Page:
Film & TV Productions Bring Scotland £45M

Film and TV producers spent a record £45.2 million shooting on location in Scotland last year, the Culture Secretary announced.

Fiona Hyslop said the total, up by almost £12 million on 2013, revealed a "growing appetite'' for filming in Scotland.

Arts body Creative Scotland has supported a number of high profile movie and TV projects, including the upcoming adaptation of the classic novel Sunset Song, starring Peter Mullan and model-turned-actress Agyness Deyn, The Legend of Barney Thomson and Sunshine on Leith, as well as the popular TV series Outlander.

The Culture Secretary welcomed the total and said: "This rise in production spend is a strong indication that film producers have a growing appetite to base their productions in Scotland.

"With our stunning, iconic landscapes, rich culture and heritage and skilled and talented crew, the £45 million production spend total for 2014 demonstrates that producers around the world recognise that Scotland has much to offer.''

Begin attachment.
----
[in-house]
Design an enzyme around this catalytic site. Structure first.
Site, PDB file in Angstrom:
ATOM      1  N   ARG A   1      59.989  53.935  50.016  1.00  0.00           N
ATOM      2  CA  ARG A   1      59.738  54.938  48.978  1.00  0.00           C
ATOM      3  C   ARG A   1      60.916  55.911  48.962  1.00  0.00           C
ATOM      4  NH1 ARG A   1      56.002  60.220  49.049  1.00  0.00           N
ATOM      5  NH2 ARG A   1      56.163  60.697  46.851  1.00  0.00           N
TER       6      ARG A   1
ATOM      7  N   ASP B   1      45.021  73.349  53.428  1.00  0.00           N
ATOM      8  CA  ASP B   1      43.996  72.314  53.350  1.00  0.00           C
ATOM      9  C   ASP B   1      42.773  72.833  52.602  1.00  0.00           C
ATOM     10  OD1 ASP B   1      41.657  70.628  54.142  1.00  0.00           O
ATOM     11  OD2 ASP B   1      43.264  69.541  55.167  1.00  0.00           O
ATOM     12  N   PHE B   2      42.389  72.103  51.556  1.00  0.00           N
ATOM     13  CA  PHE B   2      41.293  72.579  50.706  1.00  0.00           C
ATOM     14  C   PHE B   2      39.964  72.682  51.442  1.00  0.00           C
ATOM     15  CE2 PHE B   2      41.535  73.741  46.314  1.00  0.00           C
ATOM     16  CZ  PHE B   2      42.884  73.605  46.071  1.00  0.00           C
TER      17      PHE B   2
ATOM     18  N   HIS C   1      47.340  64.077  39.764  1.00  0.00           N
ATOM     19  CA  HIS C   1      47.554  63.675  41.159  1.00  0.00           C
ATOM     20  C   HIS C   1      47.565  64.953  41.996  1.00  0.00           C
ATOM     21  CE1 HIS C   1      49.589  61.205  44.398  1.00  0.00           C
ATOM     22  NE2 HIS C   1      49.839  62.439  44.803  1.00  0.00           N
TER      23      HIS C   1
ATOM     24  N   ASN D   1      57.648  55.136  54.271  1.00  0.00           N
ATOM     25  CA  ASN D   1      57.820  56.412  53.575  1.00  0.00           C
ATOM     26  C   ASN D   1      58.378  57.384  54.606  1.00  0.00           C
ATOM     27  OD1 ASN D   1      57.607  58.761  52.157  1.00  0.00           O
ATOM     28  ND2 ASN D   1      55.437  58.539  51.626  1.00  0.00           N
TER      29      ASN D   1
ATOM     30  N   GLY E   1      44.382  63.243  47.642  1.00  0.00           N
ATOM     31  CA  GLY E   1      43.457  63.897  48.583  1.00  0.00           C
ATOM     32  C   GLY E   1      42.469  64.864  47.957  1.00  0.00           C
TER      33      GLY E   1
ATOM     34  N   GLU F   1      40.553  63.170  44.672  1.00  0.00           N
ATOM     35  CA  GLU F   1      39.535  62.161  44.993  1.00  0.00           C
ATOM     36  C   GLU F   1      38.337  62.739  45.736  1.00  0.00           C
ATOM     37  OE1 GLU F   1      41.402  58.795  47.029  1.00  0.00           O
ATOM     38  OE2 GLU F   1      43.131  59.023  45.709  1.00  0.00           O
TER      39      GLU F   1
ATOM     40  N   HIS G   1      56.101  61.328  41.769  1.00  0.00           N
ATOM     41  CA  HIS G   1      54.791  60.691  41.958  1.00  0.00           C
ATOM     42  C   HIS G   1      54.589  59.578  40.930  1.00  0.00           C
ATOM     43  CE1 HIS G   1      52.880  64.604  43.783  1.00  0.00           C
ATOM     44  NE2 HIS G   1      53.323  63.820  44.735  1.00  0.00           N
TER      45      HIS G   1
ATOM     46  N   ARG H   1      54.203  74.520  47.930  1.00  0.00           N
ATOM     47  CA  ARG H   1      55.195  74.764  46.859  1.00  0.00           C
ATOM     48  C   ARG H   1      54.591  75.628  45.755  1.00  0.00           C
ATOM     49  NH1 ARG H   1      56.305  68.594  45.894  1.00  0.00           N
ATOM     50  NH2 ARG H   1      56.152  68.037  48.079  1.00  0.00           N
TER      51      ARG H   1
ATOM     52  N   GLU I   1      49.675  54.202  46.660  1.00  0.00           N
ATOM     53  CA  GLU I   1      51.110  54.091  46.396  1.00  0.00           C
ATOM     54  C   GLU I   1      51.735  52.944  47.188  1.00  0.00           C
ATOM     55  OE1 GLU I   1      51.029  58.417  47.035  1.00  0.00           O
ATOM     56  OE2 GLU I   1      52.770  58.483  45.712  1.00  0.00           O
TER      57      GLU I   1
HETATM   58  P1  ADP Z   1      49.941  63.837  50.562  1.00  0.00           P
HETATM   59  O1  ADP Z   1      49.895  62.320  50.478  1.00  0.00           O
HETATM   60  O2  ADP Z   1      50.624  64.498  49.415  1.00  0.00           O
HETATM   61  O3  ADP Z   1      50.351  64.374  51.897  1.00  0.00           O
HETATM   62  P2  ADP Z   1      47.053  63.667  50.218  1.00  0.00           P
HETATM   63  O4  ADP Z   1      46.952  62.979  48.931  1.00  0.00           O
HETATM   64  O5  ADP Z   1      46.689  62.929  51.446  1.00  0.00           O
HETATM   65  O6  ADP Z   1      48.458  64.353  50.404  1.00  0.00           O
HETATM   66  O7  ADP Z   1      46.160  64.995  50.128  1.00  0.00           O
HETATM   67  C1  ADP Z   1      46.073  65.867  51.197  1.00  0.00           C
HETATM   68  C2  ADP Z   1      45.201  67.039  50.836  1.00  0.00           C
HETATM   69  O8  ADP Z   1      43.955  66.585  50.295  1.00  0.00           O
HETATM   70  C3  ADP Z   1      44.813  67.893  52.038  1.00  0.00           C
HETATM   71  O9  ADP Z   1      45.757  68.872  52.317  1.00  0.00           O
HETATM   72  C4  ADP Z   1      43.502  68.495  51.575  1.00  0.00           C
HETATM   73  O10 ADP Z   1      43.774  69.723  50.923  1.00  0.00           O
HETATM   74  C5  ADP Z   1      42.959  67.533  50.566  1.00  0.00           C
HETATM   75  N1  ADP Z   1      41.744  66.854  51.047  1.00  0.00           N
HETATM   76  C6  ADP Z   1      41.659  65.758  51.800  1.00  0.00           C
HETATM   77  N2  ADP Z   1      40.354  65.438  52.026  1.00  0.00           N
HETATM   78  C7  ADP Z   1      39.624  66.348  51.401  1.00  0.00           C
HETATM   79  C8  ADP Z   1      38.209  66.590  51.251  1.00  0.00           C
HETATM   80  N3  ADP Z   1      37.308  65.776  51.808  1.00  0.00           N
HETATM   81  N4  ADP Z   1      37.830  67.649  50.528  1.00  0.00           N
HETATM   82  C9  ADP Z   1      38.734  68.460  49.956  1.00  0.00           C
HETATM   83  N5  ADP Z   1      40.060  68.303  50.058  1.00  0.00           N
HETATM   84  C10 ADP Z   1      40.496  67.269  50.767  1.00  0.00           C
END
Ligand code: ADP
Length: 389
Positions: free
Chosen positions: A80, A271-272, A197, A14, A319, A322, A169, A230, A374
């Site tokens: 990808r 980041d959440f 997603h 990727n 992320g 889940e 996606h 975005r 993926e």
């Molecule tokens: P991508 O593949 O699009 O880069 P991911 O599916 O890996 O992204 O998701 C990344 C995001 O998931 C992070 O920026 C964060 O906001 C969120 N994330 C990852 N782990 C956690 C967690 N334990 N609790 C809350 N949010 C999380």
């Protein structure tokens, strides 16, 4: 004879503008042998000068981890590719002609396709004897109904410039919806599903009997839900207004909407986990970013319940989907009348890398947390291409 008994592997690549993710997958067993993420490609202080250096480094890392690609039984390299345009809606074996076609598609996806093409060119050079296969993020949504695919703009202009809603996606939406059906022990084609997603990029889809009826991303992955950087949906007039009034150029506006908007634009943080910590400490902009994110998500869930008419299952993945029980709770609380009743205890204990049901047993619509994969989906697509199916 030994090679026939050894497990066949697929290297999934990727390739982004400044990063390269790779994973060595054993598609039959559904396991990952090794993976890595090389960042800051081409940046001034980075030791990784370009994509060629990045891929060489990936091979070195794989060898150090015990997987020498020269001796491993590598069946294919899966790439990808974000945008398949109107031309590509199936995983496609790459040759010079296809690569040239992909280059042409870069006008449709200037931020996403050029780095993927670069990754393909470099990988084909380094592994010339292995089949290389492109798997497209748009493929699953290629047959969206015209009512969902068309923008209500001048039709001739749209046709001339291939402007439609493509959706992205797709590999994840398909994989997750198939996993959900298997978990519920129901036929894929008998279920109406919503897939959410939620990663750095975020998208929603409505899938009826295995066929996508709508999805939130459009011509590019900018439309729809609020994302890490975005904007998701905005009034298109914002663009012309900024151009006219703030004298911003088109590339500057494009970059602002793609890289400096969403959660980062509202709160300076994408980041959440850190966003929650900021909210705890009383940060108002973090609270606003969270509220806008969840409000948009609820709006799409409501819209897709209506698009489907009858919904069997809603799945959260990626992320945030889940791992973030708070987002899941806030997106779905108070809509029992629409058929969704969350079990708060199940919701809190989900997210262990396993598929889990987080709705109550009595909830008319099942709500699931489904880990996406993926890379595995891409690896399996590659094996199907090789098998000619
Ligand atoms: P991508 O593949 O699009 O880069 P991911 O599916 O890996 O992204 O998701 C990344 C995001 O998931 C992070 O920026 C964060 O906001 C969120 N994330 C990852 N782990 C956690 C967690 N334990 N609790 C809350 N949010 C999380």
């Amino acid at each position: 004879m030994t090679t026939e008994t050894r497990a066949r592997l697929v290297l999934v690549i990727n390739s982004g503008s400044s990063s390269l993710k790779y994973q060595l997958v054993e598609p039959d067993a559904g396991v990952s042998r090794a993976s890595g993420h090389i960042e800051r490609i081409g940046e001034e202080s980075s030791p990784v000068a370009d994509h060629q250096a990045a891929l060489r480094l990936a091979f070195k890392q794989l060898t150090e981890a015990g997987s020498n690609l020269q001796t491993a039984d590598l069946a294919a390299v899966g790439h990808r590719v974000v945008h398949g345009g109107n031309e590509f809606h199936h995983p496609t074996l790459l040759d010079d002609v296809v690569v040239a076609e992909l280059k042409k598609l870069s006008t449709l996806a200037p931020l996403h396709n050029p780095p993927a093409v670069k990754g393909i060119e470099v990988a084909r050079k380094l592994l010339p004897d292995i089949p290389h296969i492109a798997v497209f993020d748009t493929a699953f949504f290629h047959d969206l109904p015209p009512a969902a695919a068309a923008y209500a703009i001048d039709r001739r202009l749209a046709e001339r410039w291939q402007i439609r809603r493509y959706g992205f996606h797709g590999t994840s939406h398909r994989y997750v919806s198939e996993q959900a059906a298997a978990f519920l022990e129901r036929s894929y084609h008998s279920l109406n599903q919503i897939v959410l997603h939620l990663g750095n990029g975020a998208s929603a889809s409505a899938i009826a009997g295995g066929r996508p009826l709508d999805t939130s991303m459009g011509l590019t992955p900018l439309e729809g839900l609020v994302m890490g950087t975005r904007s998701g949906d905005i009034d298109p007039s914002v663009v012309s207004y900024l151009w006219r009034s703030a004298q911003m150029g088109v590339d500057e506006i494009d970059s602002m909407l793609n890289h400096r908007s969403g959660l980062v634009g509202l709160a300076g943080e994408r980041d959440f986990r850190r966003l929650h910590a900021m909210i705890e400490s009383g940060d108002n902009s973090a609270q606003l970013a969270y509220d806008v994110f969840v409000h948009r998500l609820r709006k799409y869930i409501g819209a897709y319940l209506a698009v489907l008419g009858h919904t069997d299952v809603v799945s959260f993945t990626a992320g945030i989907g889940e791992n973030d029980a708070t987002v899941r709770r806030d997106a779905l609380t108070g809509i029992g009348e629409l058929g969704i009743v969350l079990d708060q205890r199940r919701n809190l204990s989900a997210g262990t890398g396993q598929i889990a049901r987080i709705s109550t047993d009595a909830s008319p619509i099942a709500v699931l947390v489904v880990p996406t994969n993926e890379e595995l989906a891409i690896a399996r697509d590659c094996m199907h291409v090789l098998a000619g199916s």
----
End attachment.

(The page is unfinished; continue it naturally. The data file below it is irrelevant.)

She added: "These productions generate significant income for Scotland through the use of Scottish talent, crews, locations, transport, accommodation and through the impact they have on tourism.

"The Scottish Government and our agencies are firmly committed to growing the economic impact of our screen sector and continuing to promote Scotland as a premier and competitive location to produce great films and TV shows - as underlined by the #162 million public funding awarded to the sector since 2007/08, during a period of tough budgets.

"But we recognise we need to do more. That is why this week I announced a new £1.75 million production growth fund to provide an additional incentive for major international productions to come to Scotland, as well as increasing funding available for Scottish productions.

"This builds on the £2 million Tax Credit Advance Facility I announced earlier this year and the £1 million Screen Skills Fund through which we are supporting training and skills development opportunities.''